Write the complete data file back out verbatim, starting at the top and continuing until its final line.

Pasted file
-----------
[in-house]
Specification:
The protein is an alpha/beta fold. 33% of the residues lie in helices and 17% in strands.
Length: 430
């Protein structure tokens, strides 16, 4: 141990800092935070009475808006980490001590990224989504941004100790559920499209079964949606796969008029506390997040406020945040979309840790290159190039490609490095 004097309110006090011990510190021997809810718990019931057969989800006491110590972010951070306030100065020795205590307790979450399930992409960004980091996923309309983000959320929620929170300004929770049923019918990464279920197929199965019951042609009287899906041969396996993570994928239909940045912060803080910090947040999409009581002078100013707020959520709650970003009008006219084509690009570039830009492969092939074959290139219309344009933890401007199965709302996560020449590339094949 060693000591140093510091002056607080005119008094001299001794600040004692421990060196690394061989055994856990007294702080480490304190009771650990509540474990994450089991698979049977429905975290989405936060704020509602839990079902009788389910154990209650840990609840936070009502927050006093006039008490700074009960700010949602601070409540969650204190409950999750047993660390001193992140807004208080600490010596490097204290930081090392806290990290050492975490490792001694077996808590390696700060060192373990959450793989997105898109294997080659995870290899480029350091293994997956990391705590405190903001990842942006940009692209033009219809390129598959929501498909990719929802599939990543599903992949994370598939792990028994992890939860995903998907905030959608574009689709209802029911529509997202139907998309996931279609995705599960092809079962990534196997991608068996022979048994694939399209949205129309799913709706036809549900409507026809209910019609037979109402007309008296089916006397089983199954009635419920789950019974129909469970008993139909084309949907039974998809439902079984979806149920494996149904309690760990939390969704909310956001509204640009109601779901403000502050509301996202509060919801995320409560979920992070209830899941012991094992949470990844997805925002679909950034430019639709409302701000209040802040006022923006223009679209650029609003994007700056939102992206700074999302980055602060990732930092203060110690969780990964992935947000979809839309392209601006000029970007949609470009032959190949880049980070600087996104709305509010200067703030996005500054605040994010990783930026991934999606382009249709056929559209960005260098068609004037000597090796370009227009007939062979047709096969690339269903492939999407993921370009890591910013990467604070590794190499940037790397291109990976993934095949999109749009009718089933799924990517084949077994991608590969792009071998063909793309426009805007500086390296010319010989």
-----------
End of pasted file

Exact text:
[in-house]
Specification:
The protein is an alpha/beta fold. 33% of the residues lie in helices and 17% in strands.
Length: 430
């Protein structure tokens, strides 16, 4: 141990800092935070009475808006980490001590990224989504941004100790559920499209079964949606796969008029506390997040406020945040979309840790290159190039490609490095 004097309110006090011990510190021997809810718990019931057969989800006491110590972010951070306030100065020795205590307790979450399930992409960004980091996923309309983000959320929620929170300004929770049923019918990464279920197929199965019951042609009287899906041969396996993570994928239909940045912060803080910090947040999409009581002078100013707020959520709650970003009008006219084509690009570039830009492969092939074959290139219309344009933890401007199965709302996560020449590339094949 060693000591140093510091002056607080005119008094001299001794600040004692421990060196690394061989055994856990007294702080480490304190009771650990509540474990994450089991698979049977429905975290989405936060704020509602839990079902009788389910154990209650840990609840936070009502927050006093006039008490700074009960700010949602601070409540969650204190409950999750047993660390001193992140807004208080600490010596490097204290930081090392806290990290050492975490490792001694077996808590390696700060060192373990959450793989997105898109294997080659995870290899480029350091293994997956990391705590405190903001990842942006940009692209033009219809390129598959929501498909990719929802599939990543599903992949994370598939792990028994992890939860995903998907905030959608574009689709209802029911529509997202139907998309996931279609995705599960092809079962990534196997991608068996022979048994694939399209949205129309799913709706036809549900409507026809209910019609037979109402007309008296089916006397089983199954009635419920789950019974129909469970008993139909084309949907039974998809439902079984979806149920494996149904309690760990939390969704909310956001509204640009109601779901403000502050509301996202509060919801995320409560979920992070209830899941012991094992949470990844997805925002679909950034430019639709409302701000209040802040006022923006223009679209650029609003994007700056939102992206700074999302980055602060990732930092203060110690969780990964992935947000979809839309392209601006000029970007949609470009032959190949880049980070600087996104709305509010200067703030996005500054605040994010990783930026991934999606382009249709056929559209960005260098068609004037000597090796370009227009007939062979047709096969690339269903492939999407993921370009890591910013990467604070590794190499940037790397291109990976993934095949999109749009009718089933799924990517084949077994991608590969792009071998063909793309426009805007500086390296010319010989």